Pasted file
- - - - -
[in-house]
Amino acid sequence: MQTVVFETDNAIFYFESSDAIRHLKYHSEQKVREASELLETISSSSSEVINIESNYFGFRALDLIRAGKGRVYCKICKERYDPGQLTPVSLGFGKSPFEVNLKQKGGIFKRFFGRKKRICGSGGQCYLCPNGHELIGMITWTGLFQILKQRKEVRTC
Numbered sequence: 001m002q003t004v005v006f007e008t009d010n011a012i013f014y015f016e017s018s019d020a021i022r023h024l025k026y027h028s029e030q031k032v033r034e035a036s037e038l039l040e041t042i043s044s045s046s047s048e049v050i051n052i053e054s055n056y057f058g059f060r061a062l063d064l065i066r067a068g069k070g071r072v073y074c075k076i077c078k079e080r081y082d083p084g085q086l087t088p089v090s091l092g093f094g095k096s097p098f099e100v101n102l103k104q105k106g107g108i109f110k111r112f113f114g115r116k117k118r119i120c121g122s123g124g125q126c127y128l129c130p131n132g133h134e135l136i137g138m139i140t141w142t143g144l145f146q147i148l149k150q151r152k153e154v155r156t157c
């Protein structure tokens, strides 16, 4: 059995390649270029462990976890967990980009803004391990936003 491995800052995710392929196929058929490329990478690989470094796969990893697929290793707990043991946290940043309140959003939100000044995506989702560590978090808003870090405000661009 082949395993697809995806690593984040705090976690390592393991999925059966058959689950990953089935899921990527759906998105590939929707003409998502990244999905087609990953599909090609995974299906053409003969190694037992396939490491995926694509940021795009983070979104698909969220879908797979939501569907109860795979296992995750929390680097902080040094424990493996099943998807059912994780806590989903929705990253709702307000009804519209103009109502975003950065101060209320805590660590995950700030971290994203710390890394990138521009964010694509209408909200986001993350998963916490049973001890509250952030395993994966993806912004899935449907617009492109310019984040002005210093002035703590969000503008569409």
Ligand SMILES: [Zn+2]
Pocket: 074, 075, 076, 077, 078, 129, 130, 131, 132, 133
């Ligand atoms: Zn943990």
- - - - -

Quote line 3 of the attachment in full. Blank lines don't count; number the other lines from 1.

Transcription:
Numbered sequence: 001m002q003t004v005v006f007e008t009d010n011a012i013f014y015f016e017s018s019d020a021i022r023h024l025k026y027h028s029e030q031k032v033r034e035a036s037e038l039l040e041t042i043s044s045s046s047s048e049v050i051n052i053e054s055n056y057f058g059f060r061a062l063d064l065i066r067a068g069k070g071r072v073y074c075k076i077c078k079e080r081y082d083p084g085q086l087t088p089v090s091l092g093f094g095k096s097p098f099e100v101n102l103k104q105k106g107g108i109f110k111r112f113f114g115r116k117k118r119i120c121g122s123g124g125q126c127y128l129c130p131n132g133h134e135l136i137g138m139i140t141w142t143g144l145f146q147i148l149k150q151r152k153e154v155r156t157c